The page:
Of course one would need access to the smoky boardrooms to find the answer to that one. It should not be forgotten however that in 2009 the BISC acknowledged the possibility of such an 'arrangement'.
They concluded that "there is little pressure from pubcos to resist increases in beer list prices (upon which the consumer retail price is based) because pubcos discounts actually increase pro rata with brewery list price increases".
They went on to highlight an extract from a Morgan Stanley report which stated the following; "It is not in the pubcos' interest to push back too hard on list price increases, because they get a proportion of the price increase as additional discount. Some even argue that pubcos like it when brewers put up prices."
Similarly ALMR observed that pubcos have "forced retail prices up in a difficult market and contributed to the widening gap between the pub and the supermarket where maximum discounts are passed on to customers."
What is patently clear is that pubcos NEED escalating pre-discount wholesale beer prices to secure additional profits.
After all, how else are they able to grow wet rent? (Dry rent of course takes care of itself through the link to RPI, currently running at 5.1 per cent).
Pubco's priorities, particularly those saddled with large debts, lie in driving wholesale price lists up whilst obtaining increased discounts from the supplying brewers to secure greater margin. (The suspicion remains that the brewer's increase to the pubcos is somewhat less than that passed on to tenants and lessees).
It is also worth bearing in mind that, for a number of tenants at least, any initial discounts offered at the start of their agreement are fixed. Over time the benefit of any such discount is eroded through further price increases, the result being in an ongoing depletion in tenant's margin. The same cannot be said of pubcos.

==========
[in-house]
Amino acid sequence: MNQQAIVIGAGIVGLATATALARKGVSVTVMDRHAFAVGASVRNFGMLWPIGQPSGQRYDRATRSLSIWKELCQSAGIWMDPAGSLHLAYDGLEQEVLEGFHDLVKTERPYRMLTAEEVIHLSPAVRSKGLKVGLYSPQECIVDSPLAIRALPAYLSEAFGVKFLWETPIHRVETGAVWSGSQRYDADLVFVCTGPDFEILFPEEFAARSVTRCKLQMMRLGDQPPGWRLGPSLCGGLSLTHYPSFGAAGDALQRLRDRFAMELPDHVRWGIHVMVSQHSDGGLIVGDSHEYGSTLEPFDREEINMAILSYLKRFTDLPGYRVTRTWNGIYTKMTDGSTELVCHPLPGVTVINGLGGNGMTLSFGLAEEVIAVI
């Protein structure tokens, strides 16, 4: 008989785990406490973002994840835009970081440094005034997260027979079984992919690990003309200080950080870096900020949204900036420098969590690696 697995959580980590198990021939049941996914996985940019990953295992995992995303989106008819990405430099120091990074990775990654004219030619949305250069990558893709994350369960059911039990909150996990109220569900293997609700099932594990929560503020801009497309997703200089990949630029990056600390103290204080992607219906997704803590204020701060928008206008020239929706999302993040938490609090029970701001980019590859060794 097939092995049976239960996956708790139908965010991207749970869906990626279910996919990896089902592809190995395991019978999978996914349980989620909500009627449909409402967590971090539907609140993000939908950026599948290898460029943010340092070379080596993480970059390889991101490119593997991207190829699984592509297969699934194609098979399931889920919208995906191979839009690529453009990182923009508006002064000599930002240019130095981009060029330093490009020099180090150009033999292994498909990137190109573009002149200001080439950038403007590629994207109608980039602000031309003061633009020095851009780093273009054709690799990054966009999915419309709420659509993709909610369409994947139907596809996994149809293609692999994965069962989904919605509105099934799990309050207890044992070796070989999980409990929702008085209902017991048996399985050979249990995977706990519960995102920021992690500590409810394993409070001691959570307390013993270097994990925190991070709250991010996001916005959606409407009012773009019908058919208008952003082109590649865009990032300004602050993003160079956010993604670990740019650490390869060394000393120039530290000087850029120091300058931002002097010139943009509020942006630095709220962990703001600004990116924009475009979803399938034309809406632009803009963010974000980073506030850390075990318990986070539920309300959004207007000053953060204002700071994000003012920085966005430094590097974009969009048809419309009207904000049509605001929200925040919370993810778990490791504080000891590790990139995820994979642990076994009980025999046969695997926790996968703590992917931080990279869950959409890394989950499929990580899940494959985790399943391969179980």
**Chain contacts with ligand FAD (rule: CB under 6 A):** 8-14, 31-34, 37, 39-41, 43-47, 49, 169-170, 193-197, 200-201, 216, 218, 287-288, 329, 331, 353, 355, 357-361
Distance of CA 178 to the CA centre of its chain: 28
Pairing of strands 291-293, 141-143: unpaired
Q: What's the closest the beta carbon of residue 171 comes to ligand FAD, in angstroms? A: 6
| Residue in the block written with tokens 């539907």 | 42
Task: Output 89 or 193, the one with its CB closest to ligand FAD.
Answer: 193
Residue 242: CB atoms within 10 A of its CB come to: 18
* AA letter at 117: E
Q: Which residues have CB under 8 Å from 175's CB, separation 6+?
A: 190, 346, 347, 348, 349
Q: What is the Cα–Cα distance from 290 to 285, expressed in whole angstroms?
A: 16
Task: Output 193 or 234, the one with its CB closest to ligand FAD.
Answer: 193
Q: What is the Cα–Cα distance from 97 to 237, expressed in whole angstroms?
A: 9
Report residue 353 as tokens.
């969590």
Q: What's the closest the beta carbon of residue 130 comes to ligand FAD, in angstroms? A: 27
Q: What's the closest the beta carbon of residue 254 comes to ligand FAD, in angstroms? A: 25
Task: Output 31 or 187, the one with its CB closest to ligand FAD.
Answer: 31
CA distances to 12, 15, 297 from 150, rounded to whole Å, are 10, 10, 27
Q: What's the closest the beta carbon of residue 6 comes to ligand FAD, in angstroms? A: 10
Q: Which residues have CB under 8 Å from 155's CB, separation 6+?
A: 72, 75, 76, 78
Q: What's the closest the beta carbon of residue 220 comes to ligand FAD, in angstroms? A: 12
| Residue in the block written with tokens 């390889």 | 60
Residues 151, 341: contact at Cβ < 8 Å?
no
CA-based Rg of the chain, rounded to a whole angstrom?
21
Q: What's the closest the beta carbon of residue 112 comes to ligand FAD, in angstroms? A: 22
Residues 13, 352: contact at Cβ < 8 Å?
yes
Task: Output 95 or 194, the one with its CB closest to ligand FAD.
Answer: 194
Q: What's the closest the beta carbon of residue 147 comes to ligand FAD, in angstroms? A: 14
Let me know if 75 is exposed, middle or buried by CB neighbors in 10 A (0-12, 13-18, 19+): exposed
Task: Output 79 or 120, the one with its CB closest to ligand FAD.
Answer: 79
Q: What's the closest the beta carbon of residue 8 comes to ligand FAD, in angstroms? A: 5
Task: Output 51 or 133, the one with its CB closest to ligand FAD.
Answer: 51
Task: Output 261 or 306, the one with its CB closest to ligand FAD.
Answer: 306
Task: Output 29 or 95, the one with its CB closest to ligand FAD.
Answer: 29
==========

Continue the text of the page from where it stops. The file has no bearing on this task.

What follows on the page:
If a true 'partnership' existed of course, then ALL tenant's barrel discounts would be index linked to cushion the tenant against the impact of future rises.
But then again, when was it ever a 'partnership' in the true sense of the word?
The escalating price of a pint has undoubtedly had an impact. The BISC concluded that the "retail price divergence has in turn contributed to the rate of pub closure as consumers choose to drink at home rather than accept the artificially inflated beer prices which tied lessees are forced to charge."
The inclusion of the wording "artificially inflated beer prices" is quite telling, isn't it? It suggests in no uncertain terms that pubcos are manipulating the price. What I suspect the BISC want to see is an investigation that will answer the following question.
Is the privilege of the tie being abused to shore up brewers margins whilst enabling pubcos to line their pockets?
If proven, it would lead us to one further unpalatable conclusion. The heavy discounting witnessed in the off-trade is being subsidised by the price hikes imposed upon the on-trade. How ironic would that be?
The recent OFT investigation clearly didn't think there was a problem with the current arrangement. However, the BISC anticipated such an outcome as early as 2009, concluding that "given its clearly stated position, we do not believe an OFT investigation would be satisfactory".
They went on to state that "since the OFT is unwilling to initiate an appropriate investigation, we recommend that the Secretary of State uses powers set out in section 159 of the Enterprise Act 2002 to refer supply ties in the public house industry to the Competition Commission for a market investigation."
I would suggest that the time for such a referral has well and truly arrived. If nothing else, it might finally help answer one very important question.
Why does beer continue to defy Marshall's fundamental laws of economics?